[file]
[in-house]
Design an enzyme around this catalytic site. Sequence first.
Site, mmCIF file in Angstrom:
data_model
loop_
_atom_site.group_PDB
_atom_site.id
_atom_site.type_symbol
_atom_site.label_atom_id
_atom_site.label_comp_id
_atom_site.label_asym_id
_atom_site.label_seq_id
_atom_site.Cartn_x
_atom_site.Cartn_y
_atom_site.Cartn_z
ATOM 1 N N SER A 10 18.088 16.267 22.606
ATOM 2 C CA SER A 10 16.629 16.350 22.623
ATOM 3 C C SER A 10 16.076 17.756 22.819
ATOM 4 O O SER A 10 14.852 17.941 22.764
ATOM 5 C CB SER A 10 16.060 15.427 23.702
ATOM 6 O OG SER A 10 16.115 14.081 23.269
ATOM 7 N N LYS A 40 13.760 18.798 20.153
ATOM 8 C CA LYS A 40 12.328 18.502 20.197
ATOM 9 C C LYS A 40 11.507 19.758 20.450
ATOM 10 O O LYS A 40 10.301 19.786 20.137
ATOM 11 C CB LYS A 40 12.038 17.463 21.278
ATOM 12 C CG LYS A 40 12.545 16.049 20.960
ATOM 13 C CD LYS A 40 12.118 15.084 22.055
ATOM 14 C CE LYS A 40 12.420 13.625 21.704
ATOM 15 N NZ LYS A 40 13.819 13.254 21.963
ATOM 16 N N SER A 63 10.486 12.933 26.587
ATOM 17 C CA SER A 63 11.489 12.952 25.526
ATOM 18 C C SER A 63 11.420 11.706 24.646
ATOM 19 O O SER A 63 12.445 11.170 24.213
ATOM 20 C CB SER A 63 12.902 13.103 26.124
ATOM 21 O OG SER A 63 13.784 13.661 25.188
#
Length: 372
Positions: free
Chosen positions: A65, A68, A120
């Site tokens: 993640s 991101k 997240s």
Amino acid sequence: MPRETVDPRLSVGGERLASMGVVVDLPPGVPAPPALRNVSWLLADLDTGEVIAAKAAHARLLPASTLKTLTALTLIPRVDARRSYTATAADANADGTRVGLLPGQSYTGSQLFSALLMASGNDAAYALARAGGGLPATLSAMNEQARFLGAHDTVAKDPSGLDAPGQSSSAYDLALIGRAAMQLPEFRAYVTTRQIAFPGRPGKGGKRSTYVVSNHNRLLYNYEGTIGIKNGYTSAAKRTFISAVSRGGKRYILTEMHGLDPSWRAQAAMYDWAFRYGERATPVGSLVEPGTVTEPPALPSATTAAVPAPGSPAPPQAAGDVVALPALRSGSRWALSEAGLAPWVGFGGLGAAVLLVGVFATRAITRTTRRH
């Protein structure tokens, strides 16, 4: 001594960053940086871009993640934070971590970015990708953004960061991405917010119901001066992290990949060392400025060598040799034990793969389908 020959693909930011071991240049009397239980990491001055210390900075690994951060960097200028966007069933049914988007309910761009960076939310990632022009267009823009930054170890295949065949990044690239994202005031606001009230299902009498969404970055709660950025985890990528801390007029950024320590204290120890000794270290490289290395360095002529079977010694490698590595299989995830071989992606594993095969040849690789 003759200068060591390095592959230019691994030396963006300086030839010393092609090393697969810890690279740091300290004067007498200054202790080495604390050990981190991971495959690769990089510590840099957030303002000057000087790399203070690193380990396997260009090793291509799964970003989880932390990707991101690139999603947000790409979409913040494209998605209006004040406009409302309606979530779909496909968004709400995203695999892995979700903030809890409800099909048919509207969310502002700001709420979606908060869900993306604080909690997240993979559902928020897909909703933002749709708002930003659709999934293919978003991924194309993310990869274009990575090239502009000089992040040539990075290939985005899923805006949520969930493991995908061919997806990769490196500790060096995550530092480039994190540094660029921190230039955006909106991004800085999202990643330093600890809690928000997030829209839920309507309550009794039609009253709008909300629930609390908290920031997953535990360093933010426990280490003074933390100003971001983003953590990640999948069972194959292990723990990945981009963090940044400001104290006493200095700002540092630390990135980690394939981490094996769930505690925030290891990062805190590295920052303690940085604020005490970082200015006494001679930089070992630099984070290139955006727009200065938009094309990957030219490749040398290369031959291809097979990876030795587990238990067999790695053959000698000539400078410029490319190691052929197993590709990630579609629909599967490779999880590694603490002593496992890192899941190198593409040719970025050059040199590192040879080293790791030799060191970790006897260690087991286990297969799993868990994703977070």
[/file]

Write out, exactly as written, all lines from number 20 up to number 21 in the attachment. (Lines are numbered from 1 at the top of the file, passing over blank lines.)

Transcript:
ATOM 5 C CB SER A 10 16.060 15.427 23.702
ATOM 6 O OG SER A 10 16.115 14.081 23.269